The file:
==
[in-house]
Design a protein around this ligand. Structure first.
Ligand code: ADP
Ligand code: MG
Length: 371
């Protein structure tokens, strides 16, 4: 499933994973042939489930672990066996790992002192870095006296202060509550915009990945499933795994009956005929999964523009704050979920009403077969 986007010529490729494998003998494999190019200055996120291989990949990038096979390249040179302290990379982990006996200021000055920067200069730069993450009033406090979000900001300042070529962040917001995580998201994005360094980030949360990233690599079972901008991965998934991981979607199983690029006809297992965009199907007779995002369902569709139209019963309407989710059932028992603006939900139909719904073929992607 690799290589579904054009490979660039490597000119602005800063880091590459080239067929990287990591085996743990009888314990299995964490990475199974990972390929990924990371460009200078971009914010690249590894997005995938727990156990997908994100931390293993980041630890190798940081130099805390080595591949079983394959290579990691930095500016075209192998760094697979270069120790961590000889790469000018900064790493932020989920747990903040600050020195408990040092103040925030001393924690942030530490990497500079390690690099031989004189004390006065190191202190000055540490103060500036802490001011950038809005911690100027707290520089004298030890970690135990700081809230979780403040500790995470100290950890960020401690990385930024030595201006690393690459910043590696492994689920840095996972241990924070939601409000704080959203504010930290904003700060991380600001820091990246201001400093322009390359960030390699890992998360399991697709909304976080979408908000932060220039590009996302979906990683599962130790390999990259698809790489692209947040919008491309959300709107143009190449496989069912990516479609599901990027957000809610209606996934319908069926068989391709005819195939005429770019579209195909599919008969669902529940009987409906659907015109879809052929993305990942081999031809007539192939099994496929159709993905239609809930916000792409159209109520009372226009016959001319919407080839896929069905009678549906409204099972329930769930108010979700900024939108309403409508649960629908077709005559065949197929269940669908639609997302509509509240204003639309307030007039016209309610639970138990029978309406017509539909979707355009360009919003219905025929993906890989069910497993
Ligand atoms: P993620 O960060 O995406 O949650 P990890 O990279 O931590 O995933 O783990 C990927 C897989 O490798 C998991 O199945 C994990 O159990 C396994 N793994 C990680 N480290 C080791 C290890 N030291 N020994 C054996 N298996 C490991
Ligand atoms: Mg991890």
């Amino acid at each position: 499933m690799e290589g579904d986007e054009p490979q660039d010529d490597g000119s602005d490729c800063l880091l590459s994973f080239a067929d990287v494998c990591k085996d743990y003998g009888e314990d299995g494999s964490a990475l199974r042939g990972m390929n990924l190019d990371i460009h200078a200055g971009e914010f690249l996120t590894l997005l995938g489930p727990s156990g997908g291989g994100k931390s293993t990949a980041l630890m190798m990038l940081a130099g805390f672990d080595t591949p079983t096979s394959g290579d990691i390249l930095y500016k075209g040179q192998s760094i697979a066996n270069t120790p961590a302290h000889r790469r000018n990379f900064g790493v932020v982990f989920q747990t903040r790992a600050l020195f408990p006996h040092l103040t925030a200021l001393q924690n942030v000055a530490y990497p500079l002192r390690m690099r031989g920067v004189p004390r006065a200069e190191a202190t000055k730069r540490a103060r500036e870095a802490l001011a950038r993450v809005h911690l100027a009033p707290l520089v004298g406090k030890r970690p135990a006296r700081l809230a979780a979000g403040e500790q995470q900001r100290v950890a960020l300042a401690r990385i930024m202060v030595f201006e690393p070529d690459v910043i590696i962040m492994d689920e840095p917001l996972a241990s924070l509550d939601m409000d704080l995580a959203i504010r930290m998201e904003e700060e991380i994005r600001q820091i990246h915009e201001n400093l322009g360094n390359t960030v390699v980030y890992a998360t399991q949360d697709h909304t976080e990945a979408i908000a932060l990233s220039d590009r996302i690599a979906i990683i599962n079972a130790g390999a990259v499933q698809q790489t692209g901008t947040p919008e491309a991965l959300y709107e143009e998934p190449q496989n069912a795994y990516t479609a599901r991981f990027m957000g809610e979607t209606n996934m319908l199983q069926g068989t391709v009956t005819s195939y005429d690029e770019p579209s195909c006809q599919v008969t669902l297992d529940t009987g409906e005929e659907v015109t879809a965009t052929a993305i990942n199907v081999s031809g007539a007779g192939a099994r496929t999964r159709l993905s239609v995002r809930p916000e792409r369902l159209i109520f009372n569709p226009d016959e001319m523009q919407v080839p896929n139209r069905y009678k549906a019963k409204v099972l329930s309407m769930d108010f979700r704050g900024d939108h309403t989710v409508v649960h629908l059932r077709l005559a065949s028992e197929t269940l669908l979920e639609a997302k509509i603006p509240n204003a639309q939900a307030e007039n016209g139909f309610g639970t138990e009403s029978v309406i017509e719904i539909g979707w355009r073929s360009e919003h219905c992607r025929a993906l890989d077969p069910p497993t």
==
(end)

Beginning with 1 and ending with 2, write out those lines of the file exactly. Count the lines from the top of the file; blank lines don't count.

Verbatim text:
[in-house]
Design a protein around this ligand. Structure first.